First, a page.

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Figure 6.1 Solar activity variations during the past four centuries, as indicated by monthly means since 1750 of the sunspot number (solid line) with yearly means from 1610 to 1750 (from the National Geophysical Data Center, dashed line, and Eddy, 1976, crosses). Prominent in the record is a cycle of about 11 years. According to Eddy, the 11-year sunspot cycle was severely depressed between 1645 and 1715 (see also Ribes et al., 1989). Thus, during the contemporary epoch when the Sun has been observed most intensely, its activity has been at relatively high levels compared with the past 300 years. This is confirmed by cosmogenic isotope records (McHargue and Damon, 1991). The Sun is likewise at high activity levels compared with other Sun-like stars (Figure 2.3). Recent analysis of sunspot observations in the 18th century indicate that the sunspot number may overestimate solar activity levels in that period (Hoyt et al., 1994). From J. Lean, Reviews of Geophysics, 29, 506, 1991, copyright by the American Geophysical Union.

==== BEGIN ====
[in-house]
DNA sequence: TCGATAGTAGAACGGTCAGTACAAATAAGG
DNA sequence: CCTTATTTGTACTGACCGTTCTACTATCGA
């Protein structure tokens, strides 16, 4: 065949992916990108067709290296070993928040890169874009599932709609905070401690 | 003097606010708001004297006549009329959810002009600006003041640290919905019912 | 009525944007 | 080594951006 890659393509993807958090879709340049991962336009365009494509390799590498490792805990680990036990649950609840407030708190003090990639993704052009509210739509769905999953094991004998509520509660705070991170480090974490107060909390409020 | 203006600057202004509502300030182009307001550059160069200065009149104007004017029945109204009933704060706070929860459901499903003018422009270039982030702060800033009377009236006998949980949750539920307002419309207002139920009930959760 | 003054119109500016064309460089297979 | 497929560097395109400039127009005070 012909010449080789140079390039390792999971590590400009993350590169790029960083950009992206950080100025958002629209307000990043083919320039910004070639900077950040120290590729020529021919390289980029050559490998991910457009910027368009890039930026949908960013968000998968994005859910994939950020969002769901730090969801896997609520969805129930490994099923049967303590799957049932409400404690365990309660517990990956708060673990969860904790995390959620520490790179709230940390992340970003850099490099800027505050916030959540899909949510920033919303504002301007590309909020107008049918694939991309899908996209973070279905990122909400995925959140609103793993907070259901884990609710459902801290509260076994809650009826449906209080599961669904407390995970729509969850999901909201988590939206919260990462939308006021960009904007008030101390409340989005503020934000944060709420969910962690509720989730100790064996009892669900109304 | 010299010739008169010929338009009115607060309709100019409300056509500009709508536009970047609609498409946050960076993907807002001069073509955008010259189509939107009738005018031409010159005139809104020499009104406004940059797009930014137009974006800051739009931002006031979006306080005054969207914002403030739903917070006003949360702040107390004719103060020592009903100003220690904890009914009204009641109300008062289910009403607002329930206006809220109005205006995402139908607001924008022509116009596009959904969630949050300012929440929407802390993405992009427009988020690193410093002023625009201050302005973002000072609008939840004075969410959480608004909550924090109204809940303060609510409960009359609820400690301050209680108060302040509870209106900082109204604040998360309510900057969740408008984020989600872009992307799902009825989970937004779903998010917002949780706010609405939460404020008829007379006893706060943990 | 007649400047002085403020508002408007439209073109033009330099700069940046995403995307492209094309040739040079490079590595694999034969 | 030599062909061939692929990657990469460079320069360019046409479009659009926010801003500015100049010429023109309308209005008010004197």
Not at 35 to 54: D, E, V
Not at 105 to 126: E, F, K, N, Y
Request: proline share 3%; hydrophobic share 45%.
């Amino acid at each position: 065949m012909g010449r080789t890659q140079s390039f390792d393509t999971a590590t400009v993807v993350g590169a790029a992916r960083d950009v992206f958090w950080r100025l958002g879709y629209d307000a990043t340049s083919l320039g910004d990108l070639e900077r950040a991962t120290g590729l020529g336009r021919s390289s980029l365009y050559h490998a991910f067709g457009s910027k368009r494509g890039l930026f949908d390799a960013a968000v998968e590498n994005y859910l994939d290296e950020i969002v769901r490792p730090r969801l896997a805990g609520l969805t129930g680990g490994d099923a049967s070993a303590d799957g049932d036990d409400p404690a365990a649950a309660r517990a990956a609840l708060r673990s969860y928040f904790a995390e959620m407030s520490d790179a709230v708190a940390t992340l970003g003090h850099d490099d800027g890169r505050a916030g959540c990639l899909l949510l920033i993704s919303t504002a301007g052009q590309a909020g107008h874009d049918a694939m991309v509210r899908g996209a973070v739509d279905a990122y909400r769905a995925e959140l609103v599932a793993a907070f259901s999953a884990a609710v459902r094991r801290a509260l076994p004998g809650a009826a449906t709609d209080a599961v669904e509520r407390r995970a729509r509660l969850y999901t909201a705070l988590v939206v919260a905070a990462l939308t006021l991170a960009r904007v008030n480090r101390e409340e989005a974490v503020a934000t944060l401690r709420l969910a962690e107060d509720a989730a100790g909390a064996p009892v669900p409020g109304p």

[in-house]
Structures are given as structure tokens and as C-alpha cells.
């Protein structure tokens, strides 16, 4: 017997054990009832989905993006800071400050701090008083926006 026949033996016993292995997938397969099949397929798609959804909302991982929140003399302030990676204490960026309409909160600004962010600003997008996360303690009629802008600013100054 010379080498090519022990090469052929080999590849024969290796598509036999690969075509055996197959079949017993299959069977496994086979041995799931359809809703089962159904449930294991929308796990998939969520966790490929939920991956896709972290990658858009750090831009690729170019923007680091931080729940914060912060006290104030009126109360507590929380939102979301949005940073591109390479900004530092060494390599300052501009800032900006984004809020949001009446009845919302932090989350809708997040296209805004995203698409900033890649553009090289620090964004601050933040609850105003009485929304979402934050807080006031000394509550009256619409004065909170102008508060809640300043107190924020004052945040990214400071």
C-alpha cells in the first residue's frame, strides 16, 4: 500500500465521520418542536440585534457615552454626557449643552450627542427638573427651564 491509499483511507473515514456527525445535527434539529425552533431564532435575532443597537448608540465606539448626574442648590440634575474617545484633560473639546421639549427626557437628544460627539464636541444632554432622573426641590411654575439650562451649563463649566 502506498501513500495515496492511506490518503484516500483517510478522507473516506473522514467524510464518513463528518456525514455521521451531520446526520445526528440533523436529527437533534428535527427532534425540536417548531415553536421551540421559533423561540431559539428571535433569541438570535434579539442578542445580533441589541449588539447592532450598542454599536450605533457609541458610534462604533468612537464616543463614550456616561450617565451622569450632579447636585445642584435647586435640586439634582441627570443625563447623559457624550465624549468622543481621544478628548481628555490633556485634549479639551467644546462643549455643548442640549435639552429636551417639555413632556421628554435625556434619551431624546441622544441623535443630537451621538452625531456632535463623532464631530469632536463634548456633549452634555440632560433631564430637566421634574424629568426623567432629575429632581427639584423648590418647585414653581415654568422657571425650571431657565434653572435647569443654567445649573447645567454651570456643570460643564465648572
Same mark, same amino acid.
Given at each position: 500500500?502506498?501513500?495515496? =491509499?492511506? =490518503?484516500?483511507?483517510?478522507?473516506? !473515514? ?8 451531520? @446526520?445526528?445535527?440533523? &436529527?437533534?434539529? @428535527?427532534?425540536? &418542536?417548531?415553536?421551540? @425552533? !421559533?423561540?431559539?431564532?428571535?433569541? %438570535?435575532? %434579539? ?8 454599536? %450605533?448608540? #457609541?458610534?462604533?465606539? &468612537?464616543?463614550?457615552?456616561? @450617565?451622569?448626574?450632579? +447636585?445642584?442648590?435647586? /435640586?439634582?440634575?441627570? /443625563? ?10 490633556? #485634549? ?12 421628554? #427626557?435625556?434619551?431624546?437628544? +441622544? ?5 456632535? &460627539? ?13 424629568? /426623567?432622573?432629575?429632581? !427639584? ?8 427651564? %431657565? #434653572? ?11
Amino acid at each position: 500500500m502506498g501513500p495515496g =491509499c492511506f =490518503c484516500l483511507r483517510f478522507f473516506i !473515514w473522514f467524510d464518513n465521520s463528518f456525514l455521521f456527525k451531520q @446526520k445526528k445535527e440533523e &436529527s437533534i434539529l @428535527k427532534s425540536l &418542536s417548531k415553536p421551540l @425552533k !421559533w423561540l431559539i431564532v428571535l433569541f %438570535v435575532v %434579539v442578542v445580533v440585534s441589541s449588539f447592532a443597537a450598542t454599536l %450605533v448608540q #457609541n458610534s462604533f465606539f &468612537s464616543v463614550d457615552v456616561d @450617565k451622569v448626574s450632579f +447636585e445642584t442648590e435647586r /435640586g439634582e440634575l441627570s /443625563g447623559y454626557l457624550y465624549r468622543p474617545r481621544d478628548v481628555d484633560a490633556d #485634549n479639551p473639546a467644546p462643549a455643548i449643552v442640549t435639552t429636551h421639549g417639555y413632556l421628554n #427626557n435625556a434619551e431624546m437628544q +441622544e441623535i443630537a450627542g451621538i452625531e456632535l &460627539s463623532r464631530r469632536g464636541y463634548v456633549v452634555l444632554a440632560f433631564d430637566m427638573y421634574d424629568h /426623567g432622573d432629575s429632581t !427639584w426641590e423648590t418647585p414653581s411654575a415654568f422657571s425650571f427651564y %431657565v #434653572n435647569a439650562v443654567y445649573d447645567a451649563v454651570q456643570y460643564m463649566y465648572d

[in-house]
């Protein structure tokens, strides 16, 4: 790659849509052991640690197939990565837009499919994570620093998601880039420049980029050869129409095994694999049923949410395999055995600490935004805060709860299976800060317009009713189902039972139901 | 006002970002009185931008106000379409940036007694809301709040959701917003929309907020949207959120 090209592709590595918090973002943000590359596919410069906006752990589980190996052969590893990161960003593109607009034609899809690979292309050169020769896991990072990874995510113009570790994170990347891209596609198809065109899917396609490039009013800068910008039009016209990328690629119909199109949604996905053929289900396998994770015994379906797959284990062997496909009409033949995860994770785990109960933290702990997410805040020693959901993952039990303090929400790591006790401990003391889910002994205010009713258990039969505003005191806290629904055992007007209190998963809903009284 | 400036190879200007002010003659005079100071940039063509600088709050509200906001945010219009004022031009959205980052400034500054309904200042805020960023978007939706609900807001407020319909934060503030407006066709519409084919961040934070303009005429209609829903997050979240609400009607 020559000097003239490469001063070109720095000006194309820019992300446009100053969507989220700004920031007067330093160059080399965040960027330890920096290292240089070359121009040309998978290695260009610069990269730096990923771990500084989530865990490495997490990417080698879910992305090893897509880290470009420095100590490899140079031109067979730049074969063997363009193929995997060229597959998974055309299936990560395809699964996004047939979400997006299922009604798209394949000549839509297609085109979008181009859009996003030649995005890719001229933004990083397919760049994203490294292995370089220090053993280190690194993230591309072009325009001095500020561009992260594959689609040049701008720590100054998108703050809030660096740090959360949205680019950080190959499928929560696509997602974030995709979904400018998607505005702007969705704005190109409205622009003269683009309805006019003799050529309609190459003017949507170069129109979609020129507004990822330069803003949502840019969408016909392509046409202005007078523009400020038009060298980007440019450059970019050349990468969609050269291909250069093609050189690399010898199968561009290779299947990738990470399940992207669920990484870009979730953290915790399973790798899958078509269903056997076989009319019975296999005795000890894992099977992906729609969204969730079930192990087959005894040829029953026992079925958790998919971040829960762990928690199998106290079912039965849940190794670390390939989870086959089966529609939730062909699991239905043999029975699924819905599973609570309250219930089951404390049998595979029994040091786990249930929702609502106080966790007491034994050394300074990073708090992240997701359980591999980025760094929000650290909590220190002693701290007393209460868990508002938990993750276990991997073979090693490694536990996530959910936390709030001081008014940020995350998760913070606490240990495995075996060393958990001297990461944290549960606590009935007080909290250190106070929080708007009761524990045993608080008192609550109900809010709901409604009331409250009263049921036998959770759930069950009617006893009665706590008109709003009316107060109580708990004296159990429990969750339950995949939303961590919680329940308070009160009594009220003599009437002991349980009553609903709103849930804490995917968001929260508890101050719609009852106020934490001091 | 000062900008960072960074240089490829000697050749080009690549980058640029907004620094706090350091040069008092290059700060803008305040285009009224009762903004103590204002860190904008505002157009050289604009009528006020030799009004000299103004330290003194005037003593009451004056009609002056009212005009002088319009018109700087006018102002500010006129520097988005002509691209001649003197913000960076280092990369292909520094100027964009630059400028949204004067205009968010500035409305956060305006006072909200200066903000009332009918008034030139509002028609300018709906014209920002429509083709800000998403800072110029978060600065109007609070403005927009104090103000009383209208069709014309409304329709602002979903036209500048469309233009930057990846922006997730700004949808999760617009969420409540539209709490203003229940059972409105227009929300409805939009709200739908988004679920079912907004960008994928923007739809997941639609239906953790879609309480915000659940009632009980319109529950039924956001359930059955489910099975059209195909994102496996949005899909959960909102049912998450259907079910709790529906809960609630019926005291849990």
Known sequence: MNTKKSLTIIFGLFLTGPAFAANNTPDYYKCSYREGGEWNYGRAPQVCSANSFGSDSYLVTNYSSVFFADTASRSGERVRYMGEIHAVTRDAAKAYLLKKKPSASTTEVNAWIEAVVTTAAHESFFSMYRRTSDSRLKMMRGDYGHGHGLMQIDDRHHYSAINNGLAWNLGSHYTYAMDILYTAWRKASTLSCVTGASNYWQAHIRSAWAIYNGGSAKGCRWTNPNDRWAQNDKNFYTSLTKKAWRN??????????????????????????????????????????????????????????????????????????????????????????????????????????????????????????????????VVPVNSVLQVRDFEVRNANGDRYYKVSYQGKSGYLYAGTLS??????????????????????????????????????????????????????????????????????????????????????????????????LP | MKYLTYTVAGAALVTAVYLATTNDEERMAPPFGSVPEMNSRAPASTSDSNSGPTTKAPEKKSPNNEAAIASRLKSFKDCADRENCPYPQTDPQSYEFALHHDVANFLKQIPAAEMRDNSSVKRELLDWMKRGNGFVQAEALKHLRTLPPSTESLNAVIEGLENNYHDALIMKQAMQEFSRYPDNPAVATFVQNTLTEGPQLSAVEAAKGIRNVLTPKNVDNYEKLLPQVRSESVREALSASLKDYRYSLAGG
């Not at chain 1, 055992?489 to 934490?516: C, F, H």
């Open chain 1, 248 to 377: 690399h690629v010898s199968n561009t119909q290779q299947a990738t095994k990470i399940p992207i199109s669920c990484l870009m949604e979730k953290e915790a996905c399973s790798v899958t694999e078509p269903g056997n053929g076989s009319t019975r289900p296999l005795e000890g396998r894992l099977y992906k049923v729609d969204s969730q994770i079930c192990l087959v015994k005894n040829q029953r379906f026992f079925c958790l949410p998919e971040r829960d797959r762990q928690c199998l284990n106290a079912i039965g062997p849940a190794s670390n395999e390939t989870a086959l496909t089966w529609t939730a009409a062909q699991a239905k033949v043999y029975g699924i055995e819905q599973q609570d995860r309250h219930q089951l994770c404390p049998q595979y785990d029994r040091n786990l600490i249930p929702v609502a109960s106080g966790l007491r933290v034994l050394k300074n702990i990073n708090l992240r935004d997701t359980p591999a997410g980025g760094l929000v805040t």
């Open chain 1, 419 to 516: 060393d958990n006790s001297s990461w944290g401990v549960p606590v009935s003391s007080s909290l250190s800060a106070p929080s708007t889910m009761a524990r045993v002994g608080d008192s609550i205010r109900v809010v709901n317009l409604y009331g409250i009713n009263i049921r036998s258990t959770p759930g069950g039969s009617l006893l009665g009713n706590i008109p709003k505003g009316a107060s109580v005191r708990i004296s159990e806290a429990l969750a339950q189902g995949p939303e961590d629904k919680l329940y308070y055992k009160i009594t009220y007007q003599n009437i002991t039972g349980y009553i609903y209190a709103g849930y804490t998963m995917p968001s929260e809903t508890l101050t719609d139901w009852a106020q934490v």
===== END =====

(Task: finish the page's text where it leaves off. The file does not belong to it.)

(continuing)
generally, the solar activity cycle pertains to the periodic emergence ofmagnetic flux that generates not just sunspots, which are dark, but avariety of phenomena, especially bright regions known as plages andfaculae that radiate strongly at UV and EUV wavelengths. The darksunspots and bright plages and faculae modify the radiation from the solardisk, thereby generating the variations observed by spaceborne solarradiometers. Also, changes in the Sun's magnetic field topology, due to



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